- Breakout Angels starter Garrett Richards threw his first pen session since undergoing knee surgery last year, as Jeff Fletcher of the Orange County Register reports. Reports were solid on the 26-year-old righty, whose return — and ability to match his outstanding results from last year — will go a long way toward defining the club. Anything close to his 2014 showing would seemingly make Richards a prime extension target.
The Blue Jays and Indians appear not to be involved with any of the three best remaining relievers — righties Francisco Rodriguez, Rafael Soriano, and Joba Chamberlain — according to ESPN.com’s Jim Bowden (Insider link). Other theoretically plausible landing spots seem fairly dried up as well, he notes in assessing the most likely remaining suitors.
Here are a few more pitching notes:
- Mariners GM Jack Zduriencik says that the club spoke with lefty reliever Joe Beimel but that a deal could not be reached, Shannon Drayer of 710 ESPN tweets. Beimel had a nice rebound campaign last year in Seattle, and is one of the few southpaws left on the market.
- The Mets will not be dealing away any pitchers unless circumstances change, Marc Carig of Newsday reports (Twitter links). Dillon Gee generated the most discussion, but New York never found an offer it liked and its prospective trade partners went with other options.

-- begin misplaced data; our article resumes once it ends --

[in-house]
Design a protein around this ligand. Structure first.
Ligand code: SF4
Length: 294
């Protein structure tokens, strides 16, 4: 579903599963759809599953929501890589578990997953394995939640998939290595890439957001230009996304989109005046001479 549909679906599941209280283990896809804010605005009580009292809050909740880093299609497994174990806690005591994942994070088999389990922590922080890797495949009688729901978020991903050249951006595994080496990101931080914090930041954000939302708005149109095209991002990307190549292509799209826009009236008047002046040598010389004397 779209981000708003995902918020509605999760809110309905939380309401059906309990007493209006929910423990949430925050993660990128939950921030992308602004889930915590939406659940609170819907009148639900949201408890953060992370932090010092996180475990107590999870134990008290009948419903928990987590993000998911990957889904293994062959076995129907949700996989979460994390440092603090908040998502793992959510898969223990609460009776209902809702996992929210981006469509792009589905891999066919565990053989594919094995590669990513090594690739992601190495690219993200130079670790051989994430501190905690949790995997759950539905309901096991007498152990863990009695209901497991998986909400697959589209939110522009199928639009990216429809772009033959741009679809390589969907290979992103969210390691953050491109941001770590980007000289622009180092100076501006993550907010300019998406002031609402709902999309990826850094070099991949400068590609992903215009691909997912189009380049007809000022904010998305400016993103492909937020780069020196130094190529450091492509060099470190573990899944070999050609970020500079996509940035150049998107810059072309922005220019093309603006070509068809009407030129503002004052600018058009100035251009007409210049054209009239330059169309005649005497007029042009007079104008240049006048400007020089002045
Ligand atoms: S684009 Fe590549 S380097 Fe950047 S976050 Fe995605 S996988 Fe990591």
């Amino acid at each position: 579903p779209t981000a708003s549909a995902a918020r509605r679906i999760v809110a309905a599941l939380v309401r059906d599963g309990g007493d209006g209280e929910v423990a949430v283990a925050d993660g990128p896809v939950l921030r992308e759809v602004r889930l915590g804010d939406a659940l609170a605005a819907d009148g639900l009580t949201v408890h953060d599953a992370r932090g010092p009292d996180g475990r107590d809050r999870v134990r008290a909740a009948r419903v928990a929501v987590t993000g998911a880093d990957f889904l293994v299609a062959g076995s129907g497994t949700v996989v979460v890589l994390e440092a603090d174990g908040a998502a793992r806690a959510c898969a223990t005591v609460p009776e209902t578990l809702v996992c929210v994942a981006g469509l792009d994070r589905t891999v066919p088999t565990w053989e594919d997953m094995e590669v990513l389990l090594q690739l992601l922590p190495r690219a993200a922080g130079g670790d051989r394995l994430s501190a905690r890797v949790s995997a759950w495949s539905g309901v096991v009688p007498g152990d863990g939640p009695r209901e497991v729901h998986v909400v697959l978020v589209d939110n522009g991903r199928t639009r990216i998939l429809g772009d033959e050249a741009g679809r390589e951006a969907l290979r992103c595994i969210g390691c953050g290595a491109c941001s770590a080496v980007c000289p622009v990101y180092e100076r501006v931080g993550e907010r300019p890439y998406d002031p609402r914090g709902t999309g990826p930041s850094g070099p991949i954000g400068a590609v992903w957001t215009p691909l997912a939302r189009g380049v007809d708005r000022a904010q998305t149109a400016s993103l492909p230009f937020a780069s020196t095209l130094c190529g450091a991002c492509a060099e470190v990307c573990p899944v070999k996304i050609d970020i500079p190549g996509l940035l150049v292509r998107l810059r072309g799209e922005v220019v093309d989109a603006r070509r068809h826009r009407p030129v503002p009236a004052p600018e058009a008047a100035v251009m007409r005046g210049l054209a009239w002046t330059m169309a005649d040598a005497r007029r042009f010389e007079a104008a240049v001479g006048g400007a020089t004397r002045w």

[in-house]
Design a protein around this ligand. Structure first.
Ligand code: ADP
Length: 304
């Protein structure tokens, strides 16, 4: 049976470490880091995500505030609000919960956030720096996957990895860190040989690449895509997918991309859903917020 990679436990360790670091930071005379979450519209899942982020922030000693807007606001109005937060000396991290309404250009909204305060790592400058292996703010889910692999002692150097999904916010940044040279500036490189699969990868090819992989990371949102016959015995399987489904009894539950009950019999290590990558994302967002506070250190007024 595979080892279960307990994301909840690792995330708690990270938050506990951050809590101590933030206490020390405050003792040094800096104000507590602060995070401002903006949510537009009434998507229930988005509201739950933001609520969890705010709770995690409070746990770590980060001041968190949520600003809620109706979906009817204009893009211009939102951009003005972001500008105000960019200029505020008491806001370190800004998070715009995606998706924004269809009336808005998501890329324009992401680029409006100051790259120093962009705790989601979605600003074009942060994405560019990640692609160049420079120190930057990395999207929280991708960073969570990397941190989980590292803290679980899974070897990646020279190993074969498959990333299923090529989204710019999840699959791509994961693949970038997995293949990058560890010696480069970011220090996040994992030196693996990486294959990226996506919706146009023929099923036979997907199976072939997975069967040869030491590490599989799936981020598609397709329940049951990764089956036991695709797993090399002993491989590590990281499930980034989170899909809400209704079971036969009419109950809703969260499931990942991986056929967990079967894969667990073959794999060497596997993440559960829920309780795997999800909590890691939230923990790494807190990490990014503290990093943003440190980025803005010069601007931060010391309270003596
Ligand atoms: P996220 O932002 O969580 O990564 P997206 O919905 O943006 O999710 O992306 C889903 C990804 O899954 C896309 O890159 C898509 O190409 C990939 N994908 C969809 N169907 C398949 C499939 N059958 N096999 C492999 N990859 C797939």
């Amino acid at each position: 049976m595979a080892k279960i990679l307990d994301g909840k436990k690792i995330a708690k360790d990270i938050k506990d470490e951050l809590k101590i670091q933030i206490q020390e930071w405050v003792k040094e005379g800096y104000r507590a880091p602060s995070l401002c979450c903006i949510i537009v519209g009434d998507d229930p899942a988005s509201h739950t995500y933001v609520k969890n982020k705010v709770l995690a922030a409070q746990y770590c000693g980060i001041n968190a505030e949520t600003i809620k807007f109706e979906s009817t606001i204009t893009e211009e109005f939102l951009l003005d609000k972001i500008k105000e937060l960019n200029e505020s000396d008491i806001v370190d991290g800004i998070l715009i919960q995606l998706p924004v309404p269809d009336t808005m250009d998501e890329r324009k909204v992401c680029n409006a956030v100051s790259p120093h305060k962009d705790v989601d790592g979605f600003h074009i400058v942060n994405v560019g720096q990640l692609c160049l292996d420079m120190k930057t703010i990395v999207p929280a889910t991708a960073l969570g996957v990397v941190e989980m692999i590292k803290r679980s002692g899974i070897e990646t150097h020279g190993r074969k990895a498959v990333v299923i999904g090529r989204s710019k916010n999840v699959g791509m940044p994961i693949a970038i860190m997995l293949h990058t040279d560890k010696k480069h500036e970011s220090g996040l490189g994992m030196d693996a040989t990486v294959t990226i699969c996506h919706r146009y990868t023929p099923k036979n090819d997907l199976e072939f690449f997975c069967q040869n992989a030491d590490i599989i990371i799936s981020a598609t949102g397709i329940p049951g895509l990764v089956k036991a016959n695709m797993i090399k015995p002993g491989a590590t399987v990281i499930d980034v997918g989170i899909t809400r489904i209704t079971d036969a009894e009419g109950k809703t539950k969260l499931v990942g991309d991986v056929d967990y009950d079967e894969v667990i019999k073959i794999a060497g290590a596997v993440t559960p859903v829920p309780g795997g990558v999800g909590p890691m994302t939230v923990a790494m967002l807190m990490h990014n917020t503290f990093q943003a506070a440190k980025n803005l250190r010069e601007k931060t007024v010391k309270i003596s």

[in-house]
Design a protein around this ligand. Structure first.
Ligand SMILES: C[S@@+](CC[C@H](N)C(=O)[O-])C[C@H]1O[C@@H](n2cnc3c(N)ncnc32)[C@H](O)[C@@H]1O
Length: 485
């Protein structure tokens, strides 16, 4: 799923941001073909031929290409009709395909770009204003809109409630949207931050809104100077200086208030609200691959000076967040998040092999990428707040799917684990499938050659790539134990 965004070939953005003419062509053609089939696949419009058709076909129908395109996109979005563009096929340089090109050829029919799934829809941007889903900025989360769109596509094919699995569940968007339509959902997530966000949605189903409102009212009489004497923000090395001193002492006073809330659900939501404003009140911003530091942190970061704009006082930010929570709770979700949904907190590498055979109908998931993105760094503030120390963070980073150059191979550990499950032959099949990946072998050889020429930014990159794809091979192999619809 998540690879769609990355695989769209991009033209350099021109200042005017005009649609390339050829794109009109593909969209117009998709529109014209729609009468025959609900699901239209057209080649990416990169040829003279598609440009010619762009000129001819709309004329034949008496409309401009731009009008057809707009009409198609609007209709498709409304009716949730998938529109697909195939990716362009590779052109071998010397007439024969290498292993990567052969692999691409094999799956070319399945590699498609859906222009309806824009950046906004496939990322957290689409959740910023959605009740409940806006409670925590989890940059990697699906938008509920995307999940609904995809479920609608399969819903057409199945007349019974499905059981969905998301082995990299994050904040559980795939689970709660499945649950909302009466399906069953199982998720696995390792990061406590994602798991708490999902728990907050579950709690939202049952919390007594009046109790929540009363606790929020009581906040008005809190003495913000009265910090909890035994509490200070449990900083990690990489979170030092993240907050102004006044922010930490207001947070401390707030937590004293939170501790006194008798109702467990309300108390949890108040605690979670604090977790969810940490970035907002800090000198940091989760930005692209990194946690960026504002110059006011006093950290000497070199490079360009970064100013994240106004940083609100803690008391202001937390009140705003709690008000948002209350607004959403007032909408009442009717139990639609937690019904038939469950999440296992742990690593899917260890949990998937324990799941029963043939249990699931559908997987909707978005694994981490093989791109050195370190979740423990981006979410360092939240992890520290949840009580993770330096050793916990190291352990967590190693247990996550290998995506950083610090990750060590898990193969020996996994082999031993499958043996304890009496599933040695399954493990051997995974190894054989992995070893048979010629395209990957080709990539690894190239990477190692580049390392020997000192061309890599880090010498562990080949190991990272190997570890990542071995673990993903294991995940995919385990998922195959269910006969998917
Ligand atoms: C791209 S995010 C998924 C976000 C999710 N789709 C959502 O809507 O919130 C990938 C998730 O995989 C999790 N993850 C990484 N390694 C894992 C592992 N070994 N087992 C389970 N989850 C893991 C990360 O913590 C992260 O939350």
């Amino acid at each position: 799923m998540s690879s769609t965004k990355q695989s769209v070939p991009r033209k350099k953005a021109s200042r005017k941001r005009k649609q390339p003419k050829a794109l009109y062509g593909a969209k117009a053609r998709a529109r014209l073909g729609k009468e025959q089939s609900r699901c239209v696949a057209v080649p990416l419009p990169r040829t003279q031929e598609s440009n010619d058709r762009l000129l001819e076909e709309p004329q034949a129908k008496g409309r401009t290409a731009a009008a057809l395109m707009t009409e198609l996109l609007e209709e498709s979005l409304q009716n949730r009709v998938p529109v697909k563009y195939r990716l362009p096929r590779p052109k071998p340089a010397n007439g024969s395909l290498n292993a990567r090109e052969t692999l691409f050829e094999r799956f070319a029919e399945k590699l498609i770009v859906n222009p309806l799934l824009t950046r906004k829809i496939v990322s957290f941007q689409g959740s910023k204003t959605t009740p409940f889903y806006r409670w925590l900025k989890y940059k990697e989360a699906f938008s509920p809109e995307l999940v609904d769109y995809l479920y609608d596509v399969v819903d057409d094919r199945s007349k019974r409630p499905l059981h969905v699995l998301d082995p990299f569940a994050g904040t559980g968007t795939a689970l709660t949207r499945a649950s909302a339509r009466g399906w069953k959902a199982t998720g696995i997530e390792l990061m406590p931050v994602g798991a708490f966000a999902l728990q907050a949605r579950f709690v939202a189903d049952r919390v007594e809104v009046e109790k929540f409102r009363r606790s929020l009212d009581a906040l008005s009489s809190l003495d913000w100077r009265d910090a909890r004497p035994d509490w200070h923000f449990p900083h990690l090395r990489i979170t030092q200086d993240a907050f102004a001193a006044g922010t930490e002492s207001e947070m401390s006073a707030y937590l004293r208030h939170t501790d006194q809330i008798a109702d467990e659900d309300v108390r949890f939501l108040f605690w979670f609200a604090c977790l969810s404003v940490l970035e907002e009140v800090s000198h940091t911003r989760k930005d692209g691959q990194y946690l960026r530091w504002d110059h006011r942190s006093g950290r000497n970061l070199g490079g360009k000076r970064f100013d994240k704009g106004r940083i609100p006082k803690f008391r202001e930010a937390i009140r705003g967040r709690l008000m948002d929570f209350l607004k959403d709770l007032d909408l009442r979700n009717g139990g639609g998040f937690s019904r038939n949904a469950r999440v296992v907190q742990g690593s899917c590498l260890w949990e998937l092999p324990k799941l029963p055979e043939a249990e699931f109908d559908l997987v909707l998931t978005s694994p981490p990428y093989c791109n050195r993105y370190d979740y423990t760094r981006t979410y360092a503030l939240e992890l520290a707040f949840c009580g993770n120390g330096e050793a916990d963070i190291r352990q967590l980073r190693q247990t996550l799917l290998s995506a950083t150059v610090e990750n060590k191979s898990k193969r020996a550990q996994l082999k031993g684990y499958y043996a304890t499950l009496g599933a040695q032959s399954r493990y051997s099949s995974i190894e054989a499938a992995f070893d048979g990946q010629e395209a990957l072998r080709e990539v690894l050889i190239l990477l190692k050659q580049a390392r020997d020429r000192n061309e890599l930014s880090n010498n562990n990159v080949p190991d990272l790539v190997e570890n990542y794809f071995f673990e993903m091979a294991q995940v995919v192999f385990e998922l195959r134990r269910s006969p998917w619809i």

- We checked in earlier this evening on K-Rod and lefty Phil Coke, each of whom has received some interest from the Marlins. Within that post, we noted a report from Ben Nicholson-Smith of Sportsnet.ca (via Twitter) indicating that Coke still has hope of landing a big league pact.
- Marcus Stroman of the Blue Jays is likely not going anywhere any time soon, but I can’t help but link to this interesting piece from Jeff Sullivan of Fangraphs, who explains that Stroman’s arsenal of pitches looks like it was assembled from amongst the best offerings of some of the very best arms in the game.
The Marlins are looking to pick up one or two of the few remaining free agent pen arms, according to a report from MLB.com’s Joe Frisaro. Miami is “looking to sign” southpaw Phil Coke to a minor league pact and remains open to striking a deal with Francisco Rodriguez, per the report.
If a deal is struck, the 32-year-old Coke would be given a spring invite and a chance to earn a role as the team’s second lefty out of the pen. Coke has put up less-than-outstanding results over the past two seasons, but induces groundballs at a handy rate and still brings a mid-90s fastball from the left side. The Steamer projection system, at least, expects better run prevention from him in 2015.
Of course, it is not clear that Miami will be able to woo Coke on a minor league deal. Ben Nicholson-Smith of Sportsnet.ca reports on Twitter that the veteran is looking for a $2MM guarantee and still has possible fits on a big league commitment, with plenty of teams interested in minor league pacts.
As for Rodriguez, he would obviously need to be willing to function in a set-up role in front of closer Steve Cishek. He has been most closely connected to the Brewers, of course, and it is unclear whether Miami would look to compete or merely function as a lower-priced backup option if Milwaukee does not sign K-Rod. Even at this point in the offseason, Frisaro says that Rodriguez is expected to earn $10MM or more over two years.